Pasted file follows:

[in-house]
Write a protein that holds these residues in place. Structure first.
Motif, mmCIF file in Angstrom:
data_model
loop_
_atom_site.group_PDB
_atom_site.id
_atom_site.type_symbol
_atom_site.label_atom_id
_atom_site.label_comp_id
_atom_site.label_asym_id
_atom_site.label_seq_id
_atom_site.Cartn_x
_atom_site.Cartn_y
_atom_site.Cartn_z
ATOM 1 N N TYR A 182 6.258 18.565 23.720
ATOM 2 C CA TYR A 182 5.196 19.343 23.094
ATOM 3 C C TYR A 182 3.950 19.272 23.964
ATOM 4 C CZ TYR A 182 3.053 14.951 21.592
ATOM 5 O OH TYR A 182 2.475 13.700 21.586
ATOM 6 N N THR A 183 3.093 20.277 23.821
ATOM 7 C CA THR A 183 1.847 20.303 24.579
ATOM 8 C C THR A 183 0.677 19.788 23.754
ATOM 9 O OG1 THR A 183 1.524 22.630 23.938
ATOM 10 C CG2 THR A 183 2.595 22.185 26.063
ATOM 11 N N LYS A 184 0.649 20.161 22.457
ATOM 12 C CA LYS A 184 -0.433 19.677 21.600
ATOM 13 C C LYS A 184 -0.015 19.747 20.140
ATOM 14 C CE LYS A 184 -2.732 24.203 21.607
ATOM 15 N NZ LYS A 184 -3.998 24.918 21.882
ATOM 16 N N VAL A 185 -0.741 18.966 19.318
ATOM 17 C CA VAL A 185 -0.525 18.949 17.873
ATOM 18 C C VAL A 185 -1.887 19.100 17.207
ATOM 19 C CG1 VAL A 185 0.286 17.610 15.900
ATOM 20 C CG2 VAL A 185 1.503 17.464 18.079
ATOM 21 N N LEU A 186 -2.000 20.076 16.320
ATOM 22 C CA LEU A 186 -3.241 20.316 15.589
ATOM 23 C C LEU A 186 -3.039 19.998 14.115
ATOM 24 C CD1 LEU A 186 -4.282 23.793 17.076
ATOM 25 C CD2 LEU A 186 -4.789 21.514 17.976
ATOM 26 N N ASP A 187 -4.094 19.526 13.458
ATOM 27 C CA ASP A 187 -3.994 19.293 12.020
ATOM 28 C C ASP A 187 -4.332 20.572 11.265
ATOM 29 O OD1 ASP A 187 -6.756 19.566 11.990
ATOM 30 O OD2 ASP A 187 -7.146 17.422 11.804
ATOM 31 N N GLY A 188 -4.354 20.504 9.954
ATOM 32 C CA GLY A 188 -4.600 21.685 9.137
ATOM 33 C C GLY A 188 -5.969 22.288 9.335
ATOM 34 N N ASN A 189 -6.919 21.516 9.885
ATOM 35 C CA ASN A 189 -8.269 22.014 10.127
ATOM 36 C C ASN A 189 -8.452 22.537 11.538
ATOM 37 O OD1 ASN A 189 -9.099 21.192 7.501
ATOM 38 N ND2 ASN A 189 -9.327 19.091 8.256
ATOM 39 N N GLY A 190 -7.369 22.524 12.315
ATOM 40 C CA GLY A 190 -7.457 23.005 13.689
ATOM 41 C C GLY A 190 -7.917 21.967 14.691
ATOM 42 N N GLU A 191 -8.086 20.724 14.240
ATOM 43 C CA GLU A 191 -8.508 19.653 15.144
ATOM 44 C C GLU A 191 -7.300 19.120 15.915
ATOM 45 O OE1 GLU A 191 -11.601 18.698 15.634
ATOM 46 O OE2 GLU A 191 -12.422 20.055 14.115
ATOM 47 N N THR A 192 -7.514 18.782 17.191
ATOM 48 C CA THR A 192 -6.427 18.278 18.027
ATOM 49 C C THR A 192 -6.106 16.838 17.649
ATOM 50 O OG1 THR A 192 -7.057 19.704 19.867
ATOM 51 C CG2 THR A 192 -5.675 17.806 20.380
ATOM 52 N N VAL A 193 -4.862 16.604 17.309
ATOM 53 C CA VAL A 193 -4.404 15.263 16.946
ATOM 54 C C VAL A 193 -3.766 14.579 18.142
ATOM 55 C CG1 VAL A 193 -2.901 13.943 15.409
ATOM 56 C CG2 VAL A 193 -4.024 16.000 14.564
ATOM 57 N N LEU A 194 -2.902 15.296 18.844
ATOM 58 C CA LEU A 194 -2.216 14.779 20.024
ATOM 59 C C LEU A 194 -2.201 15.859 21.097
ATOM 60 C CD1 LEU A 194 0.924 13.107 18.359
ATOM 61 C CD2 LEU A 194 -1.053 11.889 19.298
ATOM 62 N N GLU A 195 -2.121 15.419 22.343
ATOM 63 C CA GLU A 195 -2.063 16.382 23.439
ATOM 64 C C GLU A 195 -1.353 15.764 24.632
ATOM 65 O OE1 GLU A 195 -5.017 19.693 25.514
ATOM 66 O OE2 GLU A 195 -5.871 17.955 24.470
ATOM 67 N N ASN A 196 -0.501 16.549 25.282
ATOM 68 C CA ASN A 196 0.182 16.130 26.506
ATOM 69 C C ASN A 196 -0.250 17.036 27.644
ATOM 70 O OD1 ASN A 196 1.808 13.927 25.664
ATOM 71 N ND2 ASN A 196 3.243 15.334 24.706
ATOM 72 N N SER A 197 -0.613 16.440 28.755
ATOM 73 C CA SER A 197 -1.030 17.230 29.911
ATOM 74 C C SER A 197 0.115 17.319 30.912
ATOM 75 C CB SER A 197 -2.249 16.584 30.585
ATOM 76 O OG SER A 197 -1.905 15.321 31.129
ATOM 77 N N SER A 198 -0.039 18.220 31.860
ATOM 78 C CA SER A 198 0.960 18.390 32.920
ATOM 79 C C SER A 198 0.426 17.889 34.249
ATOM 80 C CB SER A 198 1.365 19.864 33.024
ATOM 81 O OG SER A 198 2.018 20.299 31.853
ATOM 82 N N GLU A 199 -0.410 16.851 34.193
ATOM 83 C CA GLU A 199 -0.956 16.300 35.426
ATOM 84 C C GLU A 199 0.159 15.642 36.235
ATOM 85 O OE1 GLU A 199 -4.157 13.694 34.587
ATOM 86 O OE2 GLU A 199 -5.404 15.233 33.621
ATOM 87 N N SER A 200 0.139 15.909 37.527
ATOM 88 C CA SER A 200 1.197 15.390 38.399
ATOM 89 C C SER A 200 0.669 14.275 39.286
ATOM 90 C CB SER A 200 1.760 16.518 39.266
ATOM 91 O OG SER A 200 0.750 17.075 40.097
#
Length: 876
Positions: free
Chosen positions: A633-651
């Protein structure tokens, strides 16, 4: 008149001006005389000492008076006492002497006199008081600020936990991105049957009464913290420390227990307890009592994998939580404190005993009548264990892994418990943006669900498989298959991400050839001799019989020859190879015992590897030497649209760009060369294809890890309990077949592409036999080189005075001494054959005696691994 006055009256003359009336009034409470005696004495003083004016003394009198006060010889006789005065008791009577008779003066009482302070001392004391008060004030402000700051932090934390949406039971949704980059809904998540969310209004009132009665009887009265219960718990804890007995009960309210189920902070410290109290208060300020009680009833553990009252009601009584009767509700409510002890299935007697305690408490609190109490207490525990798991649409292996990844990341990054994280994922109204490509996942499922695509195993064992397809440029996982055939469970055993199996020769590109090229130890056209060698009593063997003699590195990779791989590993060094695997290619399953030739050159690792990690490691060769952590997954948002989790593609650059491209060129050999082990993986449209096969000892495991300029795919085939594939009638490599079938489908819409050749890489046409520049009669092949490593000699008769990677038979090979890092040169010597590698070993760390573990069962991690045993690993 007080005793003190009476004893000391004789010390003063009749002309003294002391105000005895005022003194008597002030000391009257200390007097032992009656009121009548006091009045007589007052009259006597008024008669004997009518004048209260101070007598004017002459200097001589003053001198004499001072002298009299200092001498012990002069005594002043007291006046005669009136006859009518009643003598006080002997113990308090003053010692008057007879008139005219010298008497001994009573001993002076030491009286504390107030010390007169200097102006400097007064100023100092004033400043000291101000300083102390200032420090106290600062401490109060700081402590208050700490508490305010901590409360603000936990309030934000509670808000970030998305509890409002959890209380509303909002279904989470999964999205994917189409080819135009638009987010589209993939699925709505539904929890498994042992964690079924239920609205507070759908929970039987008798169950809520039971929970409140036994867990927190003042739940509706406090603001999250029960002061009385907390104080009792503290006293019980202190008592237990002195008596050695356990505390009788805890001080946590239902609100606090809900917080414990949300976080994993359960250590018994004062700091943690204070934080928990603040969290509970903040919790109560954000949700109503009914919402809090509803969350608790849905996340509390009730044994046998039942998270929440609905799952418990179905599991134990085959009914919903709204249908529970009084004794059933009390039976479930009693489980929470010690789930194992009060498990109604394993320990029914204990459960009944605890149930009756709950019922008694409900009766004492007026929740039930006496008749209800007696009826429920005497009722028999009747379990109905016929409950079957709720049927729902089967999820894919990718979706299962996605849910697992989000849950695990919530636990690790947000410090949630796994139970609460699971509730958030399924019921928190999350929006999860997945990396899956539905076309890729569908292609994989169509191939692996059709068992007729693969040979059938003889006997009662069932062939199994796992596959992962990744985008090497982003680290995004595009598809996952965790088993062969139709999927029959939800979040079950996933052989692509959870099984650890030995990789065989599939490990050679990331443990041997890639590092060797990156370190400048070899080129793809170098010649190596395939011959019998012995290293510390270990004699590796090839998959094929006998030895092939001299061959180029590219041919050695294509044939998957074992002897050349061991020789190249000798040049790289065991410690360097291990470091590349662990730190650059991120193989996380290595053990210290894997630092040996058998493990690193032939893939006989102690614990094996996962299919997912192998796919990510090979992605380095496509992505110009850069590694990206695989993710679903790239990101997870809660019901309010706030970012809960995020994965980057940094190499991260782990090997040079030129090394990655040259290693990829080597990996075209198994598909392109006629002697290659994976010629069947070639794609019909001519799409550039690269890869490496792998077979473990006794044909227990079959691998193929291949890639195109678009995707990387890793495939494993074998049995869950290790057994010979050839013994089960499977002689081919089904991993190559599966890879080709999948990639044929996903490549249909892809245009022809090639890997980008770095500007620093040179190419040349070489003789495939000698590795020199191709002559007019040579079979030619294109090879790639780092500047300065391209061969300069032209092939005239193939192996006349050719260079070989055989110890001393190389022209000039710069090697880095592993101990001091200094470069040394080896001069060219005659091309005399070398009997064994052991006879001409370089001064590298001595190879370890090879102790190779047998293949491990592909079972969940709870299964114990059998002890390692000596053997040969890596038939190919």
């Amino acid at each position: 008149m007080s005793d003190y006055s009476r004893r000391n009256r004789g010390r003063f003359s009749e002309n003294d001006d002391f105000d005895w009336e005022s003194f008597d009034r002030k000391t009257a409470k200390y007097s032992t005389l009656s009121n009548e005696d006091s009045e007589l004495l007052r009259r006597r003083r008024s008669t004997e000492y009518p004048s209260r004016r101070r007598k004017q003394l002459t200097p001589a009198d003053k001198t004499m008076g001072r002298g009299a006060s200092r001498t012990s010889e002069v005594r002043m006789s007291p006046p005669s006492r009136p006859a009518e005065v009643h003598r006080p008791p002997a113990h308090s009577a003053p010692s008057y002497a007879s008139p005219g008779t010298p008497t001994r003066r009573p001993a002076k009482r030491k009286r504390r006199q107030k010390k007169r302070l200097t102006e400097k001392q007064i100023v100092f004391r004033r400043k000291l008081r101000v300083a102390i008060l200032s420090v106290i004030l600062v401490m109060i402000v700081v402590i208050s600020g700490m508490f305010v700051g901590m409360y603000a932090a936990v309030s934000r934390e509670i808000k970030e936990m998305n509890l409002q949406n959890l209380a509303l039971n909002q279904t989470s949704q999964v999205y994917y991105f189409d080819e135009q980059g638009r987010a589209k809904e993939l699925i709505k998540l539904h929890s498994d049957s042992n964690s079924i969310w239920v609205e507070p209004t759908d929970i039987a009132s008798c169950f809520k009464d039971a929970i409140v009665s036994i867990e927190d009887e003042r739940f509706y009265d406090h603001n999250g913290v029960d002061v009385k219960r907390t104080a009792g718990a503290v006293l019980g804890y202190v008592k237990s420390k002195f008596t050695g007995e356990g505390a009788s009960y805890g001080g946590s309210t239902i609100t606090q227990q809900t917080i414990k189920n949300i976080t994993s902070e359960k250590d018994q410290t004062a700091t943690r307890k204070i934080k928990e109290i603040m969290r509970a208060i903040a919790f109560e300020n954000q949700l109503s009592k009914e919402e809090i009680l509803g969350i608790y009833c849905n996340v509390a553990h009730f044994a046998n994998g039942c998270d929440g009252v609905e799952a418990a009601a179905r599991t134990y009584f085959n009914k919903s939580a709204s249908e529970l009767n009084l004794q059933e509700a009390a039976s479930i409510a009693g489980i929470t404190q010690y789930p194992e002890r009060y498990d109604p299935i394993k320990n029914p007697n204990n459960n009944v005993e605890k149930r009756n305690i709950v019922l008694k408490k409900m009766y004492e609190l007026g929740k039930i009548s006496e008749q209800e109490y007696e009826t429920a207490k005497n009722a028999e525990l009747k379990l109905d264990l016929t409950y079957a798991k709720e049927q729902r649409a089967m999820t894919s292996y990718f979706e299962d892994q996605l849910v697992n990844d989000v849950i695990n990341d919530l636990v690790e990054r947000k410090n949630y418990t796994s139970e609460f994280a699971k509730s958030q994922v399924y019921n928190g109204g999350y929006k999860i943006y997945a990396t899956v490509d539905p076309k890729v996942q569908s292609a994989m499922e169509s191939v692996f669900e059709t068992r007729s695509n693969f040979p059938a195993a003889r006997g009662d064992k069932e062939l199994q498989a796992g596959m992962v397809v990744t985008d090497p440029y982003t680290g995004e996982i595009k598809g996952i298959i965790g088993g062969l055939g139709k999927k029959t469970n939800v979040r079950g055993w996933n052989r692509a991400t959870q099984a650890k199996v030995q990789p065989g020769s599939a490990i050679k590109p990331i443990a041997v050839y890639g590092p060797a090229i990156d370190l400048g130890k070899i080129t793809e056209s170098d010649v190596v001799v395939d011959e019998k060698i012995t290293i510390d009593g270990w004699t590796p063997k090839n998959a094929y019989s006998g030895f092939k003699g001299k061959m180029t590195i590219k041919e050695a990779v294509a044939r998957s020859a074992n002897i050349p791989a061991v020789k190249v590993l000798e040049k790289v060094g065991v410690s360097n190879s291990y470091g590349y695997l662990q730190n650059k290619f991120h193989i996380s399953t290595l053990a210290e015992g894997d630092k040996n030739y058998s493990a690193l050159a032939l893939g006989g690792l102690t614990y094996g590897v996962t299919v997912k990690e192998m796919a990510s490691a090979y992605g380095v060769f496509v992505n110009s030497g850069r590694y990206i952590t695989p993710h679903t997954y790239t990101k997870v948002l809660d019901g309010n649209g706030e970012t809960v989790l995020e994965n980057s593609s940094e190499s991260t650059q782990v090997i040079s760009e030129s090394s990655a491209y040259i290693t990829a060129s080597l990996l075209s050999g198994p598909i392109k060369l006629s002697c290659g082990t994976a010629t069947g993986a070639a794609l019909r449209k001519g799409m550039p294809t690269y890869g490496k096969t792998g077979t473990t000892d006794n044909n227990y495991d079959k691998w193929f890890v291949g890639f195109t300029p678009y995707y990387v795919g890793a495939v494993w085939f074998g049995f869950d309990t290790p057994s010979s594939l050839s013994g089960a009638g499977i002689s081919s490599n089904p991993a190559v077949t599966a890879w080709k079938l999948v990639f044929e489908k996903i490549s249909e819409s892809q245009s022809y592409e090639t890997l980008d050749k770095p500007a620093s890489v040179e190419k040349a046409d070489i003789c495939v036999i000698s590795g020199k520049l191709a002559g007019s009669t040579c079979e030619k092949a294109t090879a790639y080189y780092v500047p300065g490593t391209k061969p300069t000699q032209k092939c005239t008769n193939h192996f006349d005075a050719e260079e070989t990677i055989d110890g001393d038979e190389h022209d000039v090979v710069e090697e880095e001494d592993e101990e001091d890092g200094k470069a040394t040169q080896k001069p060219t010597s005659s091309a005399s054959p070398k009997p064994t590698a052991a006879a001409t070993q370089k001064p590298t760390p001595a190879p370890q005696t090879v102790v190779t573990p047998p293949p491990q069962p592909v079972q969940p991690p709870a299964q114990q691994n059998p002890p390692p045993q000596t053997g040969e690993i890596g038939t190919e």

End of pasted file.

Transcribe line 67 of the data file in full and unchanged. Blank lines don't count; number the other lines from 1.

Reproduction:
ATOM 52 N N VAL A 193 -4.862 16.604 17.309